For the Days When You Can’t Change the Weather

Snowstorms, tornadoes, hurricanes, floods or a flu epidemic—what do all these things have in common? The potential to stall your business for days or even weeks.

We’ve discussed at length the reasons why a remote work policy is a viable business strategy. Here’s a great article by Ron Thomas at with a refresher as it relates to the recent snowstorm in the Northeast. But what about the roadblocks that are preventing otherwise smart organizations from embracing work alternatives? I covered these points in a blog for Huffington Post, but here I want to focus on the idea of control and the role it plays in preventing us from embracing remote work options.

Having “control” over your employees isn’t a good thing. That is a word construed as demoralizing, uninspiring and dispiriting. Equipping them to do their best work is altogether different. Giving employees autonomy means relinquishing control over the minutiae of where, when and how they work. Here is a good piece from Entrepreneur about How to Give Employees Independence Without Losing Control.

As founder and chairman emeritus of Southwest Airlines Herb Kelleher states: “Be there when [employees are] having problems, and stay out of their way when things are going well.” He has a pretty good track record. Recognizing that professionals will likely behave accordingly when given the chance, we give them room to breathe … and succeed.

Personally, I struggled with the idea of how to “control” my team when I started Mom Corps. I assumed that is what I would need to do as head of an entirely remote workforce. I’m as big an advocate for flexibility as anyone, but I was still nervous. That was in 2005. What changed? Shifting my attitude of control to accountability. I can’t say it has worked all the time. Some hires didn’t function well in this environment, but in all, we’ve been highly successful and learned best practices along the way.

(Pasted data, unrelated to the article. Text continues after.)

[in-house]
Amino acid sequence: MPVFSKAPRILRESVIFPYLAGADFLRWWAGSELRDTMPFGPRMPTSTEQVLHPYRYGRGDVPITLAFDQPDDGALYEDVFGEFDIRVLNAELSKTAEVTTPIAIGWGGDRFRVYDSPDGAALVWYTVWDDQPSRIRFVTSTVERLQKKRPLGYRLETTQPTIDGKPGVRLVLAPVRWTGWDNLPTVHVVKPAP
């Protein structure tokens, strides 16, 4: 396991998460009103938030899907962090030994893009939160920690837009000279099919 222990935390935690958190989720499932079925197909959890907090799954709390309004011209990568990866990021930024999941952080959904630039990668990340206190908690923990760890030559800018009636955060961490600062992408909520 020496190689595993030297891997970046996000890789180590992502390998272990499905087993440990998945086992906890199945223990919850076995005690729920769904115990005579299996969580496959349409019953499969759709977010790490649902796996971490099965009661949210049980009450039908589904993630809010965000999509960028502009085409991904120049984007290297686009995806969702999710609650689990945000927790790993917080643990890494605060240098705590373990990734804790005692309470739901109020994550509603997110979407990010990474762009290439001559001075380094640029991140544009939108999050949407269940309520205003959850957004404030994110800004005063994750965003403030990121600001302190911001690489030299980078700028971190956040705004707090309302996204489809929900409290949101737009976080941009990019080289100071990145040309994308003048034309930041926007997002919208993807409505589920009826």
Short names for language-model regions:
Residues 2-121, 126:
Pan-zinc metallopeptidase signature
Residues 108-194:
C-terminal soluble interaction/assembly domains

Understandably a 100% remote work environment isn’t possible or even right for most organizations. But the collective we don’t lose anything by introducing a policy that allows for the occasional remote workday. By having the infrastructure in place, the company isn’t completely immobilized when employees literally can’t dig their way out of their driveways to make it to the office thanks to a pop-up blizzard. Major weather events aren’t a regular occurrence? Agreed. But think about all the other life events that take place over the course of a week or month throughout your workforce and how productivity rates go up by making accommodations for working remotely sometimes.

A recent study showed that the average cost of absenteeism for a company of 150 employees is $208,000 per year. So if implementing a remote policy decreased absenteeism by as much as 17.5%, it could save a company $36,400 per year.

I can’t help but wonder—when will companies catch on? Allowing professionals to work remotely from time to time just makes sense. And sometimes, it’s our only option. Just remember, in the case of managing a smart workforce, you have to give up a little control to gain accountability.

Have stories to share about giving up control? I would love to hear them.

Tags: Flexible Work Data & Research, Benefits of a Flexible Workforce


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